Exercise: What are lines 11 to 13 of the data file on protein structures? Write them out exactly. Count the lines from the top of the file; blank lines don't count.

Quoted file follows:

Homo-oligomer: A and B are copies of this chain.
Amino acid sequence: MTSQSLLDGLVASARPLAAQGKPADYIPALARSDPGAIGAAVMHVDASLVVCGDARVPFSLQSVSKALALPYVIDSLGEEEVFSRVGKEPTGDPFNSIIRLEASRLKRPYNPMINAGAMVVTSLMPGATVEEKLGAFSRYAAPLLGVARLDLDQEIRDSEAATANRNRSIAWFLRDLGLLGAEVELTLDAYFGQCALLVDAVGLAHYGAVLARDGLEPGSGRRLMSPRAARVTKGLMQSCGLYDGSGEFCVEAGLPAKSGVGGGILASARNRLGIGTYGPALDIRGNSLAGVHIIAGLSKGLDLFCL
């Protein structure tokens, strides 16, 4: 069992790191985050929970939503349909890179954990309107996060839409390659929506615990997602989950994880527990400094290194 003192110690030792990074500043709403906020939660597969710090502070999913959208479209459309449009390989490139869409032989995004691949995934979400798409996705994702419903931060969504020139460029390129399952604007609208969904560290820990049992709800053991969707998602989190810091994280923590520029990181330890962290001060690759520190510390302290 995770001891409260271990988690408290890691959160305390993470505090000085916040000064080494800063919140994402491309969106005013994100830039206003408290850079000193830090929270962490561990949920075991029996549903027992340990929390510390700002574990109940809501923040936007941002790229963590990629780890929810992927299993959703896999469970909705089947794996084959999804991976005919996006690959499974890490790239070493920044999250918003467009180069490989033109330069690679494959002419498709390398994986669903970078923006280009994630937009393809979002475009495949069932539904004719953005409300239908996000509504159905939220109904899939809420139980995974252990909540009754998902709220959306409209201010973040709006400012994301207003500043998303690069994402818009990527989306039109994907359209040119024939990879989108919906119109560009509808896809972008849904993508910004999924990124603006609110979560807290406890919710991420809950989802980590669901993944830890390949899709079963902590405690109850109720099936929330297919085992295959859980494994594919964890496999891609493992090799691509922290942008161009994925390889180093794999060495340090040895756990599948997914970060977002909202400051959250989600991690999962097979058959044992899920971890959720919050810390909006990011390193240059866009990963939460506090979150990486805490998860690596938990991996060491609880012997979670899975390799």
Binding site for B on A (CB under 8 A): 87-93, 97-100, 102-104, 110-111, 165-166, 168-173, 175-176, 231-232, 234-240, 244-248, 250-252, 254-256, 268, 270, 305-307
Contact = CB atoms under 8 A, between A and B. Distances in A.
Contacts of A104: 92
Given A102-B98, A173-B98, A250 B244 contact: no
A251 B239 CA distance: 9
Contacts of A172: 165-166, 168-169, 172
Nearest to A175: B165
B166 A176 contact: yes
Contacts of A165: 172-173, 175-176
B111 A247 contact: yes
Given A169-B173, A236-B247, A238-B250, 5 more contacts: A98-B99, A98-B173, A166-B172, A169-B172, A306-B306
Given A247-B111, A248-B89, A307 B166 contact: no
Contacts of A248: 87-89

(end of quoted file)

B166 A176 contact: yes
Contacts of A165: 172-173, 175-176
B111 A247 contact: yes